And the versatility of the sauce was again underlined with On The Pig's Back goats cheese bon bons, with pearl barley, pea sprout and beetroot leaf salad and Smokehouse Sauce dressing. Day Three was an interesting one: Ham hock and scallion terrine (using meat from Bresnan's Butchers), with Smokehouse Sauce and homemade red cabbage slaw. And it’s not just meat. Cod from Kay O’Connell’s was used in delicious frittatas and enhanced with the sauce.
“There is a hard-to-match quality here in the market. We want to highlight that and support local at the same time, by combining traditional meats with modern flavours. The sauce itself is tomato based and may be used as a dip, a relish and as a marinade. It is extremely versatile. Use it with grilled, roast or cold meats, fish, cheese and vegetables.”
|Aoife and Chris at the Smokehouse stall|
So what is today’s dish? Check it out on their Facebook page by all means but do call in and try it out! And you must see their lively video celebrating the sauce and its arrival in the Market. Here's the link
For more on the Smokehouse Sauce, including recipes and stockists, check the website here.
Friday, January 30, 2015
Generation to Generation
|Garett, on duty.|
“I believe the survival of the English Market over the last hundred years is down to the families who have ran the stalls from generation to generation. They have kept it going.” So said Garrett Murphy, as we chatted over a cuppa in the Farmgate Cafe. Garrett, a current stallholder, knows what he is talking about!
For fifty years, his father Michael ran the Roughty Fruit King stall in the centre of the market, until ill health came in 2011. Four generations of the Murphys worked there, in different locations, until they settled on the current stall in 1961. Nowadays, Garrett and his sister Margot Ann work in the new look foodie stall (now called The Roughty Foodie) and they have help from time to time from younger members of the family.Two thousand and eleven was the year of the Queen’s visit and the Murphys, in transition from a specifically fruit stall to something more general, weren't ready for her but, with help and encouragement from the City Council and fellow traders, they were up and running for the peak summer months.
“It kinda fell into our laps,” says Garrett as he recalled those anxious months. “But we could see the change of emphasis to quality. We could compete with the supermarkets on quality though not on price. So we took that new direction and grew organically. We soon had a few local producers on board, including Macroom Mills, Glenilen and our home-baker.” Garrett will never forget that first Saturday. “Everything cleared. We had nothing left on the shelves.”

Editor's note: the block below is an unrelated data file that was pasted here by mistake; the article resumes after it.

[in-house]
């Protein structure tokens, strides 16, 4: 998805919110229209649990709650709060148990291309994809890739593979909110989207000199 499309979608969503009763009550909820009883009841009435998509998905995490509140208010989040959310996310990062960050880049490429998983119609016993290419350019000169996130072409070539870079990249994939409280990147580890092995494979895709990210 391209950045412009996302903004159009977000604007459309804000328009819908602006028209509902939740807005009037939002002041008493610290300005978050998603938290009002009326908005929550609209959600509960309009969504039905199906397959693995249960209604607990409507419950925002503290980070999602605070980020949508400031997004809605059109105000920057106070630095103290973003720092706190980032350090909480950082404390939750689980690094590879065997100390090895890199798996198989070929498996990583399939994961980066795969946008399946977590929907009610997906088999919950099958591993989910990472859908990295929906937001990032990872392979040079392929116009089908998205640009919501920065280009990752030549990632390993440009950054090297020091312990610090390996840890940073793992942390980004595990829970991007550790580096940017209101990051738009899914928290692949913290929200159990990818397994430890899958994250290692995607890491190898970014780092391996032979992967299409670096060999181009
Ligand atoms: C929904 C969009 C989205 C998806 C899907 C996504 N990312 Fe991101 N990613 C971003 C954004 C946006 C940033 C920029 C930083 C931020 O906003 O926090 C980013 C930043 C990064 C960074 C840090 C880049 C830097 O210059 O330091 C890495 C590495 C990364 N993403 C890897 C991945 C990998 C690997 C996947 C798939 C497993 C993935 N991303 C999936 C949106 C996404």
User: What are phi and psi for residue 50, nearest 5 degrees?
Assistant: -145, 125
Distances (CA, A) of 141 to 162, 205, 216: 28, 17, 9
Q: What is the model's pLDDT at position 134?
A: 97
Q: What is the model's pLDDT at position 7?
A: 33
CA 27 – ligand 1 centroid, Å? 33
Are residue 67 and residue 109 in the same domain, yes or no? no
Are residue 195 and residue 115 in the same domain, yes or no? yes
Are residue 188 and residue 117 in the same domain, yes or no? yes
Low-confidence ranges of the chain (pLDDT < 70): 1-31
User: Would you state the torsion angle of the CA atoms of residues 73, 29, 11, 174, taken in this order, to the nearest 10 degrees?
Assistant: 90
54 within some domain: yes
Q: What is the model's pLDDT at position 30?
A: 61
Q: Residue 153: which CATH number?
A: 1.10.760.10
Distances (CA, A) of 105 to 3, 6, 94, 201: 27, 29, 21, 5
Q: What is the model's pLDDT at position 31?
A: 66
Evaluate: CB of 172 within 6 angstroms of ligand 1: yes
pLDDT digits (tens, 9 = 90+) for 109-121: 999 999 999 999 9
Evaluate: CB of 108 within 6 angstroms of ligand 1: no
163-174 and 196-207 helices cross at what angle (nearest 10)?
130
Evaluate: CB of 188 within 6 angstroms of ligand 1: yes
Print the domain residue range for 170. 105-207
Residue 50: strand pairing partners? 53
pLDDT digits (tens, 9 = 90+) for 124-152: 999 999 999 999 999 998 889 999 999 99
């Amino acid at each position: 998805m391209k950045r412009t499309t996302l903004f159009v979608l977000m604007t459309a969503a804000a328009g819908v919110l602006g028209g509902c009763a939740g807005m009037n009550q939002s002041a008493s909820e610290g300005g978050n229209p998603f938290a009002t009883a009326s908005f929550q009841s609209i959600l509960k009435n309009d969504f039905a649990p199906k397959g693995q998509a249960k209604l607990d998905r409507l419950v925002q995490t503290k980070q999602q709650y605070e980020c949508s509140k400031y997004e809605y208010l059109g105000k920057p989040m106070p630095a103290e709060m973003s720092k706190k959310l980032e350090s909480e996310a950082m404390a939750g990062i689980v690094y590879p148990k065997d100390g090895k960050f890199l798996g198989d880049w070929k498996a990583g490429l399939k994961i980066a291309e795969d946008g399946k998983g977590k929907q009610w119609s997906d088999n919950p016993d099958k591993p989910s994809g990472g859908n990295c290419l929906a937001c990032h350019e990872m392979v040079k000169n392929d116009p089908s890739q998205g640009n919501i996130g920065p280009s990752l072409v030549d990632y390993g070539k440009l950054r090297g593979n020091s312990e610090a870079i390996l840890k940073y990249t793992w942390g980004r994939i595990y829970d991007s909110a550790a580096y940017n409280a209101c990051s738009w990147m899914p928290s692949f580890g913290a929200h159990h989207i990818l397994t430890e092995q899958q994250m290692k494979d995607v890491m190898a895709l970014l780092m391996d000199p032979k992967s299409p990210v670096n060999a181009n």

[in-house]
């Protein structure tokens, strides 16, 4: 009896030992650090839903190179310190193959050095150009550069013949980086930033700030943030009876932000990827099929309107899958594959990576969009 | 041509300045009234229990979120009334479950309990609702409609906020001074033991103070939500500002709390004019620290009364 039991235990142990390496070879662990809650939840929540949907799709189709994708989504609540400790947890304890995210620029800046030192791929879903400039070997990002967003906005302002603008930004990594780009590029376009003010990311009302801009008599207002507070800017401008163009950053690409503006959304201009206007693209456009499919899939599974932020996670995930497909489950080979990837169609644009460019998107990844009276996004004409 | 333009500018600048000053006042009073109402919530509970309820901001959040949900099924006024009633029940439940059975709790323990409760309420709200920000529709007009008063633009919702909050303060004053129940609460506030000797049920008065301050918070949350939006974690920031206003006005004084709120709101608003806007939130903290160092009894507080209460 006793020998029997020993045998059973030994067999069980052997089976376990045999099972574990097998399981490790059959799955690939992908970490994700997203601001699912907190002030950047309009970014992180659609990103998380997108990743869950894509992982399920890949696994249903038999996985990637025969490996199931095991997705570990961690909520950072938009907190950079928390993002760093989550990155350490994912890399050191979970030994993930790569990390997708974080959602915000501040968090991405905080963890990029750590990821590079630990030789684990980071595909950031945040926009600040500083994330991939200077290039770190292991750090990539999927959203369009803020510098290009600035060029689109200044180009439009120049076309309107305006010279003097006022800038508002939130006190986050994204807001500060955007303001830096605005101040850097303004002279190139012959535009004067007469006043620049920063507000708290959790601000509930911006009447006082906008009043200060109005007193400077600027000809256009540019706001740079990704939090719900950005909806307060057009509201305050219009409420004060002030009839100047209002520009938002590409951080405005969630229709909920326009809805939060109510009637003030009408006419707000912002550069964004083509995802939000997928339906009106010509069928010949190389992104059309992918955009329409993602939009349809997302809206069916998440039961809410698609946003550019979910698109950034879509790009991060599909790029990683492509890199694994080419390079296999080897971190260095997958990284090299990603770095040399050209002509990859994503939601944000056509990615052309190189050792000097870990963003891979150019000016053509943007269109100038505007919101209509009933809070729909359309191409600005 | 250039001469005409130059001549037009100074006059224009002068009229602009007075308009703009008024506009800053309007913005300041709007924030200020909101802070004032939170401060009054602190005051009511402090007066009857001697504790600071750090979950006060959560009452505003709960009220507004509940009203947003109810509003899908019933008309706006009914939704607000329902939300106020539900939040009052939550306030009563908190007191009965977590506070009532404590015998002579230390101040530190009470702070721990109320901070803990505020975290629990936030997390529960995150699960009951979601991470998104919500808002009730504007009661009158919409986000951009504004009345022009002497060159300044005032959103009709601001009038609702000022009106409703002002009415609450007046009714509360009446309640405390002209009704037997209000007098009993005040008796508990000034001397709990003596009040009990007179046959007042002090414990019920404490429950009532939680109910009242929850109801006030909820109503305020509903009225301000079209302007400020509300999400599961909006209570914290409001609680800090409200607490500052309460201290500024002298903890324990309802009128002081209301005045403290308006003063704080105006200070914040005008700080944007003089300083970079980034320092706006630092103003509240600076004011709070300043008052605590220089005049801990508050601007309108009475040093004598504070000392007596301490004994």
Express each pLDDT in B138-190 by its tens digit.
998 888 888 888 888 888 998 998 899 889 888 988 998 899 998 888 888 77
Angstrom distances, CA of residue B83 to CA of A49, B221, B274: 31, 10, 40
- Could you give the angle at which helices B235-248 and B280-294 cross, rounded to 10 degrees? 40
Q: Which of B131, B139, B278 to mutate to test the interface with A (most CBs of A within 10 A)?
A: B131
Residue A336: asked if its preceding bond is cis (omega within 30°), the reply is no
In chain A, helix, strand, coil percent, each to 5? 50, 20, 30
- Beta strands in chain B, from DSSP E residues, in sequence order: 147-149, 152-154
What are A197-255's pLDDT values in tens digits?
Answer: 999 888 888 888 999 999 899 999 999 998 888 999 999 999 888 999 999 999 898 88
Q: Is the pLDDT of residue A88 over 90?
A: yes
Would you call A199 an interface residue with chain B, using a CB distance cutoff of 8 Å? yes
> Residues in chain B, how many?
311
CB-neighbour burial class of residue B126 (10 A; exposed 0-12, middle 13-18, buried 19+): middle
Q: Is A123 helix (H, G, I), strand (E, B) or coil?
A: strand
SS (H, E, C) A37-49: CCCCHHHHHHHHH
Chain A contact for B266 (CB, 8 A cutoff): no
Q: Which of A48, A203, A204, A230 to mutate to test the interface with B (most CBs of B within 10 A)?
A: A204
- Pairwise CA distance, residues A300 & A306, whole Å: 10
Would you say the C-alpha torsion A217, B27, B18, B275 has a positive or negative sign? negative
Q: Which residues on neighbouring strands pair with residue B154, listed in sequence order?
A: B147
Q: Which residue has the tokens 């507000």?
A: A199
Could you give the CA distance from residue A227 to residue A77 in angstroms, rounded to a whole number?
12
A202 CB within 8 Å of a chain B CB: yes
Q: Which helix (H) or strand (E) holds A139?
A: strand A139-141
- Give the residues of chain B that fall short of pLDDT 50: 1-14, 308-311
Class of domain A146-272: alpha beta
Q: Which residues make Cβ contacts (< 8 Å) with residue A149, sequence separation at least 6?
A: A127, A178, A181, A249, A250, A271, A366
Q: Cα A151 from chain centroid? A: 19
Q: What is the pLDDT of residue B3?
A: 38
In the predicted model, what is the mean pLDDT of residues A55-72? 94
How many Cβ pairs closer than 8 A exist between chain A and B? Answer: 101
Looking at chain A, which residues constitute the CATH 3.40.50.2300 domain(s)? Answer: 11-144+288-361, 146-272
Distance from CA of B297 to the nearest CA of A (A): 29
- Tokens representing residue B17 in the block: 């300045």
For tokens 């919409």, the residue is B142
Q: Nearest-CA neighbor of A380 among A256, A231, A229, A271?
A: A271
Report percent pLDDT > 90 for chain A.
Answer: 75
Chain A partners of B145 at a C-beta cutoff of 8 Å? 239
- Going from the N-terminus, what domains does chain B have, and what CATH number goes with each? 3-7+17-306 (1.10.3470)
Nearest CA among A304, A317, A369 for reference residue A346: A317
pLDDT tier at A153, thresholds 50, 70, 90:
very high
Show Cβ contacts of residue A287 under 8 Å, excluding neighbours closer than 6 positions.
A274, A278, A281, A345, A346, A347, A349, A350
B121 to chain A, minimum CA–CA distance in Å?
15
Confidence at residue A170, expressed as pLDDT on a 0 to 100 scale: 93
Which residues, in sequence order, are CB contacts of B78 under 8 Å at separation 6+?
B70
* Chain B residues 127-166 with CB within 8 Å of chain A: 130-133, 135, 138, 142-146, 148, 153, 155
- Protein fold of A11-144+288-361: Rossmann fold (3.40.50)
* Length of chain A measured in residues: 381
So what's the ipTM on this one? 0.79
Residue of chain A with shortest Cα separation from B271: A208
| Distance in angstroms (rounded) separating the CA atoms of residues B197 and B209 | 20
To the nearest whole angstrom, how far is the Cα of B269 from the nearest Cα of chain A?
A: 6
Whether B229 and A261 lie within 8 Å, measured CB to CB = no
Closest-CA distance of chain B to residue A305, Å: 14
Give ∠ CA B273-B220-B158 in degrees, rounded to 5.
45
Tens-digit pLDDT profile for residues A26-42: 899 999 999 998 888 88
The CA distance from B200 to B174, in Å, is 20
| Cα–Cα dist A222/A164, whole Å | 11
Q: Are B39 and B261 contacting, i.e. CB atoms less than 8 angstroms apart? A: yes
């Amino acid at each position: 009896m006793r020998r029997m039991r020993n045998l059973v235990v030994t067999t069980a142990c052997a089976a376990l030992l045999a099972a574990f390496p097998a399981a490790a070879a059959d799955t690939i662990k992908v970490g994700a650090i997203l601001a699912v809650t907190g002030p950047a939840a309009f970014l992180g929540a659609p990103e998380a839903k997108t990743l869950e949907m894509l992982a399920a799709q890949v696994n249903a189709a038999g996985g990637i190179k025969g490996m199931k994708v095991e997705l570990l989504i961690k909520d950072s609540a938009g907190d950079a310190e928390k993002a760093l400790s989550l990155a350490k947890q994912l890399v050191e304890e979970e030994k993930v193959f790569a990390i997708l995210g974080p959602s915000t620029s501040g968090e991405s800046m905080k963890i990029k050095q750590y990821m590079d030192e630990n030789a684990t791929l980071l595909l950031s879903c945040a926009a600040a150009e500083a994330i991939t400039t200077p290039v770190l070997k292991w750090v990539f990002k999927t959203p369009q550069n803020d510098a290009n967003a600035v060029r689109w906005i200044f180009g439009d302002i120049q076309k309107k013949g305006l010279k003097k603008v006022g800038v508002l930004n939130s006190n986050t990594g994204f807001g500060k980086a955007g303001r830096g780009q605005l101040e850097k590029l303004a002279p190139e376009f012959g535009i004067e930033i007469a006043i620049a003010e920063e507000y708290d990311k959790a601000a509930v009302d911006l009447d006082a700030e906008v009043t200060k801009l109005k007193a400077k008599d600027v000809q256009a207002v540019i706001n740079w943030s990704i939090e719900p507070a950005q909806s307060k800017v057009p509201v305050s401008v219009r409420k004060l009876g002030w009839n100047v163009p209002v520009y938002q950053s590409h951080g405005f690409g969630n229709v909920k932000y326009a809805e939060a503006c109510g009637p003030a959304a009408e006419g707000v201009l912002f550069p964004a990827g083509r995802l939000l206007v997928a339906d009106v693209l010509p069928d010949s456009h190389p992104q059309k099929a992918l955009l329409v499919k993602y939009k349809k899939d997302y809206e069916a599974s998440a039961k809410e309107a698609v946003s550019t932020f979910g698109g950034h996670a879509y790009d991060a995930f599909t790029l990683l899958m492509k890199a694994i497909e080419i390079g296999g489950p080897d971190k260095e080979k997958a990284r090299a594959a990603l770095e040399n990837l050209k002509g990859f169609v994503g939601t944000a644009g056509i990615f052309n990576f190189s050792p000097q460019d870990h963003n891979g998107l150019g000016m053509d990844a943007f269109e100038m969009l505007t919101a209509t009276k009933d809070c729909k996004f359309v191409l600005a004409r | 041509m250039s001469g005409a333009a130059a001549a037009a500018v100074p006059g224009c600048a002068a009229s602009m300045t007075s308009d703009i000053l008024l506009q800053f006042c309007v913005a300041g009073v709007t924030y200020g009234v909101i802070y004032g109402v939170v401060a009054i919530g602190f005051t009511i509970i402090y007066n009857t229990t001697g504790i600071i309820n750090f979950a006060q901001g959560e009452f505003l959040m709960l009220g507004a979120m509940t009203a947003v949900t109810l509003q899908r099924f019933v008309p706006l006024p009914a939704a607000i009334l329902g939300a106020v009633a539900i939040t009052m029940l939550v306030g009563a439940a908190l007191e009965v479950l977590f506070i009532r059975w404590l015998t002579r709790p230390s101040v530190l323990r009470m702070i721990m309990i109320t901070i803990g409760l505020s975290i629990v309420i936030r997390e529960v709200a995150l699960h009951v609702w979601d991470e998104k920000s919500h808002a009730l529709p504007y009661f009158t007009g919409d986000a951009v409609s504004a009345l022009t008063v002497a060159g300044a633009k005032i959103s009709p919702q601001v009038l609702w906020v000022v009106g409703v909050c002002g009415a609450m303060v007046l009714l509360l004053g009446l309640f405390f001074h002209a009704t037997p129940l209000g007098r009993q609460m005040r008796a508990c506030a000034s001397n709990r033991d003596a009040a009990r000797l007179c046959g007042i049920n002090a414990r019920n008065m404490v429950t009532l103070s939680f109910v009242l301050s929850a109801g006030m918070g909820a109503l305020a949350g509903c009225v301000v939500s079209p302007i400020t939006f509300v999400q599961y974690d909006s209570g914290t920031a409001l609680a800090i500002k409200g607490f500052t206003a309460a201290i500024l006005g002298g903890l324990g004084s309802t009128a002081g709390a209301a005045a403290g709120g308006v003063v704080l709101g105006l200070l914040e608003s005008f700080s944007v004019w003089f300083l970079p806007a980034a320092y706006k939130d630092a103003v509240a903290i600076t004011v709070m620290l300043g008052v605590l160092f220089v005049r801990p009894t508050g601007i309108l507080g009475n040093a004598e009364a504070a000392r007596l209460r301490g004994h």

They moved along from there with new producers coming on board, including Brian from Beechwood Farm and his brother Colm from Horizon Farms, Mags (who makes a great Lemon Curd) from Heavenly Preserves and Betty Smith with her jams and marmalades. Also joining were Harty’s Jellies, Taste the View, while local strawberries came from Rathcooney.
“The two months July and August of 2011 were great. The tourists came flooding in and kept buying, the locals too despite the parking problems. Traders told us it would get better in October and November but that didn't happen and we were worried until December and the run-in to Christmas which proved massive for us and had us back on track”.
I asked Garrett what the most popular products are. “It is seasonal so, for example, we sell a lot of porridge in the winter months. Jams, preserves and honey are always very popular and so too is cheese.” What has surprised you over the past few years? “This Christmas it was the amount of hampers and Irish cheese and crackers that we sold. At Christmas 2011, goosefat was a huge seller.”
What are his own favourites? Licking his lips he had no hesitation: Eddie Hicks’ fantastic bacon jam and Ballybrado Supreme Spelt muesli. He has great time too for Kitty Colchester’s Happy Heart organic rapeseed oil and the High Bank Farm Apple Syrup. And indeed is enthusiastic about every single product he displays!
The stall is packed with food. But it is not just food. Tourists love the Seaweed Bath. The Goats Milk soap from the Burren is very popular too and he has a great candle-maker from Portmagee on Valentia Island. So do go in and explore. You never know what treasure you’ll find in Roughty Foodie.